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Sukhoi Su-15 (Samolet P)

Interceptor Aircraft Prototype

Sukhoi Su-15 (Samolet P)

Interceptor Aircraft Prototype

OVERVIEW
SPECIFICATIONS
ARMAMENT
VARIANTS
HISTORY
MEDIA
OVERVIEW



The Sukhoi Su-15 interceptor prototype entry of 1949 failed to impress and was ultimately limited to just a single prototype.
National Flag Graphic
ORIGIN: Soviet Union
YEAR: 1949
STATUS: Cancelled
MANUFACTURER(S): Sukhoi OKB - Soviet Union
PRODUCTION: 1
OPERATORS: Soviet Union (cancelled)
SPECIFICATIONS



Unless otherwise noted the presented statistics below pertain to the Sukhoi Su-15 (Samolet P) model. Common measurements, and their respective conversions, are shown when possible.
CREW: 1
LENGTH: 50.66 feet (15.44 meters)
WIDTH: 42.22 feet (12.87 meters)
HEIGHT: 9.84 feet (3 meters)
WEIGHT (EMPTY): 16,336 pounds (7,410 kilograms)
WEIGHT (MTOW): 23,016 pounds (10,440 kilograms)
ENGINE: 2 x Klimov RD-45F turbojet engines developing 5,000lb of thrust each.
SPEED (MAX): 612 miles-per-hour (985 kilometers-per-hour; 532 knots)
RANGE: 652 miles (1,050 kilometers; 567 nautical miles)
CEILING: 49,213 feet (15,000 meters; 9.32 miles)
RATE-OF-CLIMB: 6,562 feet-per-minute (2,000 meters-per-minute)




ARMAMENT



PROPOSED:
2 x 37mm Nudelman N-37 cannons
VARIANTS



Series Model Variants
• Su-15 - Base Project Designation; single example completed with second prototype partially constructed before project's end.


HISTORY



Detailing the development and operational history of the Sukhoi Su-15 (Samolet P) Interceptor Aircraft Prototype.  Entry last updated on 6/21/2018. Authored by Staff Writer. Content ©www.MilitaryFactory.com.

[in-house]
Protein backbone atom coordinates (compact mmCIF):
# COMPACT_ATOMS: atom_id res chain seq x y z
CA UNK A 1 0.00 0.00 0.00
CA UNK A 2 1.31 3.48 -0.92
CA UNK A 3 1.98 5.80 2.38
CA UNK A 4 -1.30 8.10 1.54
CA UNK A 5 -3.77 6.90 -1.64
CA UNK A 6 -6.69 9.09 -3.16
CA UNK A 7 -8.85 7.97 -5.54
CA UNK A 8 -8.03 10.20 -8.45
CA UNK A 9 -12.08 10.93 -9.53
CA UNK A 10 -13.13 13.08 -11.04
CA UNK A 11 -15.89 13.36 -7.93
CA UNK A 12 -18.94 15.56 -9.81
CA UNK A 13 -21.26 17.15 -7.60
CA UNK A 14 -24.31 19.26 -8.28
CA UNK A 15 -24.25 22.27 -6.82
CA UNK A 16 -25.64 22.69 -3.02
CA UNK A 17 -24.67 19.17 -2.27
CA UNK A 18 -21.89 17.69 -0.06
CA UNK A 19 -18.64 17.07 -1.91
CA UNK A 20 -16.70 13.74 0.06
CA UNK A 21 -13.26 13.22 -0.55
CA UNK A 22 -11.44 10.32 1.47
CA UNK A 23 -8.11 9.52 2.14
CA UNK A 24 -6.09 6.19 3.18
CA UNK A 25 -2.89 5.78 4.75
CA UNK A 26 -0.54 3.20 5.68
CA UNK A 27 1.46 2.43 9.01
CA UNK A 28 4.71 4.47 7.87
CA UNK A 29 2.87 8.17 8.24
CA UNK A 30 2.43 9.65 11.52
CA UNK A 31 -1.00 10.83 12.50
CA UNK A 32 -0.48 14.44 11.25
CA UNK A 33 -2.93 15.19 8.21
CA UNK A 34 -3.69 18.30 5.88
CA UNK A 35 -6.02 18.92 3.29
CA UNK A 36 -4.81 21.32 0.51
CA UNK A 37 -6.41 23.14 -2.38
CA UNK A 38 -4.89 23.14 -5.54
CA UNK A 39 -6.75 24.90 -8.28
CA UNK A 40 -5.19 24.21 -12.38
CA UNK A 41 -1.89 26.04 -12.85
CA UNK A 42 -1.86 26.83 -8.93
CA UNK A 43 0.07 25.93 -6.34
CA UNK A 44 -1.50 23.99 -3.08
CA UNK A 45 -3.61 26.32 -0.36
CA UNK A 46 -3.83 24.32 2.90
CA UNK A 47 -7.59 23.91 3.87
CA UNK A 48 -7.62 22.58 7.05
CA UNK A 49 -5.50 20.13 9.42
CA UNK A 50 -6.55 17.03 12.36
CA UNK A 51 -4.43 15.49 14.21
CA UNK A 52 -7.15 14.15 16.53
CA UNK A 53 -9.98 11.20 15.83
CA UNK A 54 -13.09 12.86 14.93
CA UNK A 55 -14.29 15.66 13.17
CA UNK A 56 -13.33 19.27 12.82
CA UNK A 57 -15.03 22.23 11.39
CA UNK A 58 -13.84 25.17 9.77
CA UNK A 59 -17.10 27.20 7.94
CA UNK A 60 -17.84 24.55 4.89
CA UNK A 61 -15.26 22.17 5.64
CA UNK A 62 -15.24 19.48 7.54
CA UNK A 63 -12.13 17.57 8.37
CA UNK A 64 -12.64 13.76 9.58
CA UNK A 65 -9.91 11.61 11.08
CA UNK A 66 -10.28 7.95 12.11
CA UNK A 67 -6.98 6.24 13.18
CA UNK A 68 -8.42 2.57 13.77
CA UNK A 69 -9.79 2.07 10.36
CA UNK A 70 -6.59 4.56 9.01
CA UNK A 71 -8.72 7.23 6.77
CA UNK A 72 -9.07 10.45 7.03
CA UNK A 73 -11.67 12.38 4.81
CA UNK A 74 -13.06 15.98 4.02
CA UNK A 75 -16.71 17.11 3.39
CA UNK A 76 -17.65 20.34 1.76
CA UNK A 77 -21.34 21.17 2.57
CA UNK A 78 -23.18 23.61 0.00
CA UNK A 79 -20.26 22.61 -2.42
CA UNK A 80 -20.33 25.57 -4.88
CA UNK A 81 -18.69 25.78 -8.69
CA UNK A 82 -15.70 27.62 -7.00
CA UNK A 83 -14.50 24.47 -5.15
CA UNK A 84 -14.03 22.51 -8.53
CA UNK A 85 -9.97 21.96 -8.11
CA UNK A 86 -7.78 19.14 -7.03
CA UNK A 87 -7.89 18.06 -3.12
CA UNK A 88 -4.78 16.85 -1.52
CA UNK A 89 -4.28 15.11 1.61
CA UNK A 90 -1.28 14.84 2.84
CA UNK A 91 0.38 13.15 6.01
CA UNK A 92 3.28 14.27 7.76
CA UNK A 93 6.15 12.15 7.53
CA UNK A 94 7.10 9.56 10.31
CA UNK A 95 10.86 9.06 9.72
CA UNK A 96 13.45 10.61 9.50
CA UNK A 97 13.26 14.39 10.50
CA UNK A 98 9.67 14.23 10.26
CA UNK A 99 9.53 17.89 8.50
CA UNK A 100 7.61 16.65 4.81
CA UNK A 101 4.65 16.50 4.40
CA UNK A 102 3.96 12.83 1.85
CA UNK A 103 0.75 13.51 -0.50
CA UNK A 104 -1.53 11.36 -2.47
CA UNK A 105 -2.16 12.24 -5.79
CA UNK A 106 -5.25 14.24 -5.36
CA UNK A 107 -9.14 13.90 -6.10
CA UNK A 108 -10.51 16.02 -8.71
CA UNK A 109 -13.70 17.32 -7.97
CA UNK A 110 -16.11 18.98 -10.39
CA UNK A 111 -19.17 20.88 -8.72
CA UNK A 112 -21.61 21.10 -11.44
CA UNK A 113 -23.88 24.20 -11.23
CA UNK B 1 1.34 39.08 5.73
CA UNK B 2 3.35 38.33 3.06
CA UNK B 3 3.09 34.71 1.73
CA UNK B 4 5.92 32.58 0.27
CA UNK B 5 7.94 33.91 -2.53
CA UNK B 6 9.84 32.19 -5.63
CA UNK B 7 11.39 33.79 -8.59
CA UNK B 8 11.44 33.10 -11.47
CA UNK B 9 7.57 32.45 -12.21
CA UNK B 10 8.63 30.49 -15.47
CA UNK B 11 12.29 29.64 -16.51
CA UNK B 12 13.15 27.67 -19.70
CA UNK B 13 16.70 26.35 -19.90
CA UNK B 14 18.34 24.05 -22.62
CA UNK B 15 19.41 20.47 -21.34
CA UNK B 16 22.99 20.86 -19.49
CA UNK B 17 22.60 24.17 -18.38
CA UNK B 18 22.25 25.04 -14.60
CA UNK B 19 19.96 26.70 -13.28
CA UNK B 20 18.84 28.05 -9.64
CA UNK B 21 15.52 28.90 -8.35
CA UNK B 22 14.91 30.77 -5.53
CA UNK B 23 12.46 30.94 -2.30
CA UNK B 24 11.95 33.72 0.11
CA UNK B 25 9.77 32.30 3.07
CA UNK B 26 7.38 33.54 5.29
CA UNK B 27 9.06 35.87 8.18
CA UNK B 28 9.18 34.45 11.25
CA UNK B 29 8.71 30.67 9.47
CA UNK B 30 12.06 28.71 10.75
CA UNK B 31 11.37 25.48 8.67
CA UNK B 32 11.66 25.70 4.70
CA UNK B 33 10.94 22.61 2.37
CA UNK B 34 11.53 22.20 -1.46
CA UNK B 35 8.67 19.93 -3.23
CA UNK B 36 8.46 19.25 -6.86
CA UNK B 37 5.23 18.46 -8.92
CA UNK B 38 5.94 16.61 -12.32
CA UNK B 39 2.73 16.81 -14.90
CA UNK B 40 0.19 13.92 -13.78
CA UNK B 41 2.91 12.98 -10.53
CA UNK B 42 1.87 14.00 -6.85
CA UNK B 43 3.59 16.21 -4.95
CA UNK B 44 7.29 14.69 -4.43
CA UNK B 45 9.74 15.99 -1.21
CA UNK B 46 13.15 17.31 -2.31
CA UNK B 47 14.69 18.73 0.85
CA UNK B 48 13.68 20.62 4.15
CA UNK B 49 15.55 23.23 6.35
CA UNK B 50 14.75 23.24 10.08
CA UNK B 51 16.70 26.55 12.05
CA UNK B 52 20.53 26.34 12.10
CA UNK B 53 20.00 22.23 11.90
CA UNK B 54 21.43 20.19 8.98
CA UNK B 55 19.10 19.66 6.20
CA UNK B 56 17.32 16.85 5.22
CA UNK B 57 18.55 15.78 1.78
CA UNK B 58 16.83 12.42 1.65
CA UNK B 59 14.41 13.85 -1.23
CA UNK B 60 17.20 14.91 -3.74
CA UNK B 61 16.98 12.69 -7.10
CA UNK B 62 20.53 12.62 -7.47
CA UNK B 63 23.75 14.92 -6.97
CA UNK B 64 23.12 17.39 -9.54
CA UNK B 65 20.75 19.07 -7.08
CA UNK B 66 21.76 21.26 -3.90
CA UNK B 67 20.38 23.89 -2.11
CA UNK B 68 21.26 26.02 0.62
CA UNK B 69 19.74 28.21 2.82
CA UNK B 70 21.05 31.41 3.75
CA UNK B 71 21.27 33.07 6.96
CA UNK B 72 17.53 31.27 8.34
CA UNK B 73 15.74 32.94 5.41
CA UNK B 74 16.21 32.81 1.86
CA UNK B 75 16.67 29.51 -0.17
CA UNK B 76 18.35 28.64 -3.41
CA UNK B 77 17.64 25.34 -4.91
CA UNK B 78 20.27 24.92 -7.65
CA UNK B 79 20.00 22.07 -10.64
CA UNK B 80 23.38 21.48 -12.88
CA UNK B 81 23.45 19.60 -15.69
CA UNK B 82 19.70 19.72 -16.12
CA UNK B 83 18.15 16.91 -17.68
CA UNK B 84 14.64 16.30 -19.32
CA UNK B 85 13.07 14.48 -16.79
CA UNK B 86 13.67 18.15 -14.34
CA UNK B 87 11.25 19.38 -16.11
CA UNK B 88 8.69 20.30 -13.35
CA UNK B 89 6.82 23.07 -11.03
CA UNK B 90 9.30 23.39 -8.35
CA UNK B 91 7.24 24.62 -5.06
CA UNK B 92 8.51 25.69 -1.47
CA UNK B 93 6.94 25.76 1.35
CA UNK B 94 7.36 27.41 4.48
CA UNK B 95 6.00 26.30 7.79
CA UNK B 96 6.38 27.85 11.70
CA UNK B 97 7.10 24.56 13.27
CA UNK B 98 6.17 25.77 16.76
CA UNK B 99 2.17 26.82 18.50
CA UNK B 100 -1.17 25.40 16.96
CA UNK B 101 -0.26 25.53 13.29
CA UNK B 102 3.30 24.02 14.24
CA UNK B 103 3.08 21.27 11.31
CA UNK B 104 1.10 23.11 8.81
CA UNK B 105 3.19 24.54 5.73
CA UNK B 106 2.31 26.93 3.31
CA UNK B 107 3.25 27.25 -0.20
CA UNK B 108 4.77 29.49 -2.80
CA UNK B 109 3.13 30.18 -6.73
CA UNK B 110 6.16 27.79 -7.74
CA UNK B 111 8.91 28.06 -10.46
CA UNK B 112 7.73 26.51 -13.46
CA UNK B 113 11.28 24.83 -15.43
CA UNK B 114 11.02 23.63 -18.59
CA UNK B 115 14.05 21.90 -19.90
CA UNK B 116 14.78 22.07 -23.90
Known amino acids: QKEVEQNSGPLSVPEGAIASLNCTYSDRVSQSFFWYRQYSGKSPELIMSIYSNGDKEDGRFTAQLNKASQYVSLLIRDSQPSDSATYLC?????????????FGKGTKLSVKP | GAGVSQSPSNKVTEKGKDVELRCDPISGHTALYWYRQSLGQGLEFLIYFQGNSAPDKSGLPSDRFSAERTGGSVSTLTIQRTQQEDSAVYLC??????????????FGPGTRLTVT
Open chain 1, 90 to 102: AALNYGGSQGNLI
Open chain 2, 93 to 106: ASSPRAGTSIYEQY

The road to air superiority for both sides of the Cold War (1947-1991) was a never-ending battle of advancing technologies - weapons, jet engines, radar, etc... When one side generated a new faster, high-flying bomber, the other would release an all-new interceptor as its counter. The progress of jet-powered aircraft during the period was of considerable note and advanced with each passing year resulting in a plethora of forms - some successful, some not.

In March of 1947, Soviet authorities pushed through a new requirement calling for an all-weather, jet-powered single-seat interceptor. Sukhoi was given the charge of design, developing, and - ultimately -producing the new Air Force product which became the "Samolet P" - or "Su-15" (the Su-15 would late be resurrected in another Cold War aircraft development - the "Flagon" series detailed elsewhere on this site).

For the required speeds, the aircraft was to carry swept-back wing mainplanes and a pair of turbojet engines. Swept-back wings ensured the proper stability at higher speeds and a two-engine arrangement gave the desired performance - at the expense of fuel consumption. The mainplanes were mid-mounted along the sides of the fuselage. The engines became 2 x Klimov RD-45F turbojets developing 5,005lb thrust each (the RD-45 became the first mass-produced Soviet turbojet)

Within the Su-15 design, the engines would be arranged in tandem owing to their rather large dimensions. Both aspirated through the same split-air intake found at the nose while the forward engine unit exhausted under the belly of the aircraft at midships. The rear unit exhausted at the tail in the usual way. The ductwork required to feed the aft engine forced the cockpit to be set to portside. The radome intended to house the "Izumrud" ("Emerald") interception radar was fitted to the nose above the air intake which further added to the aircraft's rather deep fuselage appearance. The undercarriage was of a typical tricycle arrangement and fully retractable - the nose leg held under the cockpit floor and the main legs under each wing. Boundary layer fences - found on many of the Soviet jet-powered fighter designs of the period - were also present on the wing mainplanes.